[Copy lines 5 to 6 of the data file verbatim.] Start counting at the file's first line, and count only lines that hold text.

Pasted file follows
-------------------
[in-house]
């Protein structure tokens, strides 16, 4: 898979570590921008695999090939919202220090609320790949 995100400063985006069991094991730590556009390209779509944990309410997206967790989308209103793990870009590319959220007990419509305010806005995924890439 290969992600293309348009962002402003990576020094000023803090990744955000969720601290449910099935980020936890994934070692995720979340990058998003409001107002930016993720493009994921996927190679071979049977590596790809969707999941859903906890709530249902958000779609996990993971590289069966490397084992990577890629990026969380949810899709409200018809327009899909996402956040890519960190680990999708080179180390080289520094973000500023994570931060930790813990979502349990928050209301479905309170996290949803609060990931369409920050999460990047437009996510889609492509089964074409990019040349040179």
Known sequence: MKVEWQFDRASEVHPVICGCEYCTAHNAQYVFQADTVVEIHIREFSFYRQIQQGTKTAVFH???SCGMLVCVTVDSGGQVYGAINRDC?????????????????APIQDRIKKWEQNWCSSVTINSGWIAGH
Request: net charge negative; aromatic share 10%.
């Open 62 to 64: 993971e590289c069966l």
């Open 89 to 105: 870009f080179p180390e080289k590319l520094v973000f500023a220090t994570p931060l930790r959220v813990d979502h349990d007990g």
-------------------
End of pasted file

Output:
């Open 62 to 64: 993971e590289c069966l």
């Open 89 to 105: 870009f080179p180390e080289k590319l520094v973000f500023a220090t994570p931060l930790r959220v813990d979502h349990d007990g």